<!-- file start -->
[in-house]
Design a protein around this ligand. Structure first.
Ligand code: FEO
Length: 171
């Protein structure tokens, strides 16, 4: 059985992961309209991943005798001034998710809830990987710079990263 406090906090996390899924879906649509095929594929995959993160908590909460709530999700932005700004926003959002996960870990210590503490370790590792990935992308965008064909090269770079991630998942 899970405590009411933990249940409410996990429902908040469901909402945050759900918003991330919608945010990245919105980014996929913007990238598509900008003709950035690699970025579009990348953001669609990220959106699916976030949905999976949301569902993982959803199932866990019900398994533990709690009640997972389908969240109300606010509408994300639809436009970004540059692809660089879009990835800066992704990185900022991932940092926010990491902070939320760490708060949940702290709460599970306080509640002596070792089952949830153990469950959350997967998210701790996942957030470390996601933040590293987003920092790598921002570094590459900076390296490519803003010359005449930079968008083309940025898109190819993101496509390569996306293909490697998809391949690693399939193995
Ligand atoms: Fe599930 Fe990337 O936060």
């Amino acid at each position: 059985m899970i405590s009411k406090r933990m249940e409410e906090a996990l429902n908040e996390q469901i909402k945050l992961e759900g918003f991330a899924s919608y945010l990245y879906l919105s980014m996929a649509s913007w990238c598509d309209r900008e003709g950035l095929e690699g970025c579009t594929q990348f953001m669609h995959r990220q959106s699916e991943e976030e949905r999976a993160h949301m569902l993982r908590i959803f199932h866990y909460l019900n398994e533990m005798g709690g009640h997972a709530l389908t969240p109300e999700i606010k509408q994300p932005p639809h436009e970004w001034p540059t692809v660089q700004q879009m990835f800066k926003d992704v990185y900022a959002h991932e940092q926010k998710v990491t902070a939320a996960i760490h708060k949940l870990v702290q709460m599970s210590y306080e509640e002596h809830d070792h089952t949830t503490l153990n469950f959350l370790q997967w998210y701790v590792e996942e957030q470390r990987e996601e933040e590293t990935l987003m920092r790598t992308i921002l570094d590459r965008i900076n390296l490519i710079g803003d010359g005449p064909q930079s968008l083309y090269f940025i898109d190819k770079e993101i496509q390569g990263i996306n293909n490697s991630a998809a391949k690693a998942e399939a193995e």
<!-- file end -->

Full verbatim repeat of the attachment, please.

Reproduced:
[in-house]
Design a protein around this ligand. Structure first.
Ligand code: FEO
Length: 171
């Protein structure tokens, strides 16, 4: 059985992961309209991943005798001034998710809830990987710079990263 406090906090996390899924879906649509095929594929995959993160908590909460709530999700932005700004926003959002996960870990210590503490370790590792990935992308965008064909090269770079991630998942 899970405590009411933990249940409410996990429902908040469901909402945050759900918003991330919608945010990245919105980014996929913007990238598509900008003709950035690699970025579009990348953001669609990220959106699916976030949905999976949301569902993982959803199932866990019900398994533990709690009640997972389908969240109300606010509408994300639809436009970004540059692809660089879009990835800066992704990185900022991932940092926010990491902070939320760490708060949940702290709460599970306080509640002596070792089952949830153990469950959350997967998210701790996942957030470390996601933040590293987003920092790598921002570094590459900076390296490519803003010359005449930079968008083309940025898109190819993101496509390569996306293909490697998809391949690693399939193995
Ligand atoms: Fe599930 Fe990337 O936060």
């Amino acid at each position: 059985m899970i405590s009411k406090r933990m249940e409410e906090a996990l429902n908040e996390q469901i909402k945050l992961e759900g918003f991330a899924s919608y945010l990245y879906l919105s980014m996929a649509s913007w990238c598509d309209r900008e003709g950035l095929e690699g970025c579009t594929q990348f953001m669609h995959r990220q959106s699916e991943e976030e949905r999976a993160h949301m569902l993982r908590i959803f199932h866990y909460l019900n398994e533990m005798g709690g009640h997972a709530l389908t969240p109300e999700i606010k509408q994300p932005p639809h436009e970004w001034p540059t692809v660089q700004q879009m990835f800066k926003d992704v990185y900022a959002h991932e940092q926010k998710v990491t902070a939320a996960i760490h708060k949940l870990v702290q709460m599970s210590y306080e509640e002596h809830d070792h089952t949830t503490l153990n469950f959350l370790q997967w998210y701790v590792e996942e957030q470390r990987e996601e933040e590293t990935l987003m920092r790598t992308i921002l570094d590459r965008i900076n390296l490519i710079g803003d010359g005449p064909q930079s968008l083309y090269f940025i898109d190819k770079e993101i496509q390569g990263i996306n293909n490697s991630a998809a391949k690693a998942e399939a193995e």